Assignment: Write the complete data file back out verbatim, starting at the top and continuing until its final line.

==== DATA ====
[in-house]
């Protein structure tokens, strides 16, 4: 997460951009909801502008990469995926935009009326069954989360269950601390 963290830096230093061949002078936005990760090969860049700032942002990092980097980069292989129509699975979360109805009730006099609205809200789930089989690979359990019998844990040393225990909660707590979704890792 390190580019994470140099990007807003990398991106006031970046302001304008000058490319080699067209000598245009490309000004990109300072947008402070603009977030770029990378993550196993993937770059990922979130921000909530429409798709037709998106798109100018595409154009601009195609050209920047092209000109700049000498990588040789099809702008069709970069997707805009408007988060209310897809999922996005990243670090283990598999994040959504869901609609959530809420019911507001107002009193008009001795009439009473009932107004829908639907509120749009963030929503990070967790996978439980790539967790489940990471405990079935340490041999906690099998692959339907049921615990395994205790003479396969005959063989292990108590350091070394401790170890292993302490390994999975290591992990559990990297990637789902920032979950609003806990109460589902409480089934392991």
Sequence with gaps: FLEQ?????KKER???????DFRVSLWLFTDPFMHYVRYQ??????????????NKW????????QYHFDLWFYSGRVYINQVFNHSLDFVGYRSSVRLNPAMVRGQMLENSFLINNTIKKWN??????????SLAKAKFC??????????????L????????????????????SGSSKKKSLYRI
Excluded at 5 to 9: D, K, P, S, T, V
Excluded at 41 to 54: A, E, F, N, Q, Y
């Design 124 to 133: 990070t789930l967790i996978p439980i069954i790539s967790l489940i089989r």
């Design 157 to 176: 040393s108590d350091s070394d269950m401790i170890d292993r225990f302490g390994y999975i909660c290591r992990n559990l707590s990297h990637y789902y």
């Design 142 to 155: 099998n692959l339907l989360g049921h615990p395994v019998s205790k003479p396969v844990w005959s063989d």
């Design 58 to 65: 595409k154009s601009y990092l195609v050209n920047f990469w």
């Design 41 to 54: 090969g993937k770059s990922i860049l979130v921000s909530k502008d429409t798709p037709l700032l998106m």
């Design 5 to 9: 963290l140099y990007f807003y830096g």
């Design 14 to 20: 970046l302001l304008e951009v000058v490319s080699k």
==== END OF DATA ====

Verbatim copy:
[in-house]
């Protein structure tokens, strides 16, 4: 997460951009909801502008990469995926935009009326069954989360269950601390 963290830096230093061949002078936005990760090969860049700032942002990092980097980069292989129509699975979360109805009730006099609205809200789930089989690979359990019998844990040393225990909660707590979704890792 390190580019994470140099990007807003990398991106006031970046302001304008000058490319080699067209000598245009490309000004990109300072947008402070603009977030770029990378993550196993993937770059990922979130921000909530429409798709037709998106798109100018595409154009601009195609050209920047092209000109700049000498990588040789099809702008069709970069997707805009408007988060209310897809999922996005990243670090283990598999994040959504869901609609959530809420019911507001107002009193008009001795009439009473009932107004829908639907509120749009963030929503990070967790996978439980790539967790489940990471405990079935340490041999906690099998692959339907049921615990395994205790003479396969005959063989292990108590350091070394401790170890292993302490390994999975290591992990559990990297990637789902920032979950609003806990109460589902409480089934392991």
Sequence with gaps: FLEQ?????KKER???????DFRVSLWLFTDPFMHYVRYQ??????????????NKW????????QYHFDLWFYSGRVYINQVFNHSLDFVGYRSSVRLNPAMVRGQMLENSFLINNTIKKWN??????????SLAKAKFC??????????????L????????????????????SGSSKKKSLYRI
Excluded at 5 to 9: D, K, P, S, T, V
Excluded at 41 to 54: A, E, F, N, Q, Y
């Design 124 to 133: 990070t789930l967790i996978p439980i069954i790539s967790l489940i089989r």
């Design 157 to 176: 040393s108590d350091s070394d269950m401790i170890d292993r225990f302490g390994y999975i909660c290591r992990n559990l707590s990297h990637y789902y």
């Design 142 to 155: 099998n692959l339907l989360g049921h615990p395994v019998s205790k003479p396969v844990w005959s063989d």
């Design 58 to 65: 595409k154009s601009y990092l195609v050209n920047f990469w």
């Design 41 to 54: 090969g993937k770059s990922i860049l979130v921000s909530k502008d429409t798709p037709l700032l998106m």
């Design 5 to 9: 963290l140099y990007f807003y830096g």
């Design 14 to 20: 970046l302001l304008e951009v000058v490319s080699k």